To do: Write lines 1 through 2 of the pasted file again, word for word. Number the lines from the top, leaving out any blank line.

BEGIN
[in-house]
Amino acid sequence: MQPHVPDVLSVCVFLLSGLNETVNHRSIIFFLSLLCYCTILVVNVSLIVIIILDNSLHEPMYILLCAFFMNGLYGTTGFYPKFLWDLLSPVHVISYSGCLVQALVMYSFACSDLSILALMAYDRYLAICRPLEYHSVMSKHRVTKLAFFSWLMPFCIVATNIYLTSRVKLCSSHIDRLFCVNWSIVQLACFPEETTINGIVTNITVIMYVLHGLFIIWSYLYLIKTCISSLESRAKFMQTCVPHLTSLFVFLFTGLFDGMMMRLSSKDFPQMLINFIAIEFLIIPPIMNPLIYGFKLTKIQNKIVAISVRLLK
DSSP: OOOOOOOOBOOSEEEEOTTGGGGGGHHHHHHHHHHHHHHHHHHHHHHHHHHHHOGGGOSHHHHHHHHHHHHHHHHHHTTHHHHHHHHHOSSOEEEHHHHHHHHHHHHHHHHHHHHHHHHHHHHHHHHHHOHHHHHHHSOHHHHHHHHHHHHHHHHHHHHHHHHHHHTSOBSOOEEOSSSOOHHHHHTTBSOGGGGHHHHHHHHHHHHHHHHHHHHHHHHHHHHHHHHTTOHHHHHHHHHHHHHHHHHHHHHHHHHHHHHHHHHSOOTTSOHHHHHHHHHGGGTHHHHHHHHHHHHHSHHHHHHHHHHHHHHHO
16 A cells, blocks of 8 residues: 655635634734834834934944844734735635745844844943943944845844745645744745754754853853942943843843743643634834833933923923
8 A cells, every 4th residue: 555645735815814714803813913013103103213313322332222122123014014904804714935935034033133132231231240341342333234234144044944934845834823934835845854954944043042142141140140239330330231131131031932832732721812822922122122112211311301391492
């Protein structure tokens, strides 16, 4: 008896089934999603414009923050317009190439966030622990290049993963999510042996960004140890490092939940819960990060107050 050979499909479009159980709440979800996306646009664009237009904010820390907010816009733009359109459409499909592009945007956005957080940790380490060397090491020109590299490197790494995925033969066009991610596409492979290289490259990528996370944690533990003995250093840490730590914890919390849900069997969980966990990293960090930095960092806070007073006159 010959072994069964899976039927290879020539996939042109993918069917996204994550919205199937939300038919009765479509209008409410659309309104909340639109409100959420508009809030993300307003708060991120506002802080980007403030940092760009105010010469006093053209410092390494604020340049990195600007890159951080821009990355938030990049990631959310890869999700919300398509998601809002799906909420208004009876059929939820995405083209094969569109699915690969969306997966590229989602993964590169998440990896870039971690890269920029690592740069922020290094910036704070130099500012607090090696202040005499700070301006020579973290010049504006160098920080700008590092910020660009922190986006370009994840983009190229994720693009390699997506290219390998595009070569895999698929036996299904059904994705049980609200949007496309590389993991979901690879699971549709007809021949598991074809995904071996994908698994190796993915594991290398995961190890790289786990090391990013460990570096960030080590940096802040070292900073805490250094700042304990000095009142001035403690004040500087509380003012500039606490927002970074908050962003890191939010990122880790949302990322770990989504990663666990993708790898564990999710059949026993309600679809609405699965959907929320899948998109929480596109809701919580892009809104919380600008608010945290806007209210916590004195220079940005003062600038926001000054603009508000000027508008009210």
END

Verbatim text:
[in-house]
Amino acid sequence: MQPHVPDVLSVCVFLLSGLNETVNHRSIIFFLSLLCYCTILVVNVSLIVIIILDNSLHEPMYILLCAFFMNGLYGTTGFYPKFLWDLLSPVHVISYSGCLVQALVMYSFACSDLSILALMAYDRYLAICRPLEYHSVMSKHRVTKLAFFSWLMPFCIVATNIYLTSRVKLCSSHIDRLFCVNWSIVQLACFPEETTINGIVTNITVIMYVLHGLFIIWSYLYLIKTCISSLESRAKFMQTCVPHLTSLFVFLFTGLFDGMMMRLSSKDFPQMLINFIAIEFLIIPPIMNPLIYGFKLTKIQNKIVAISVRLLK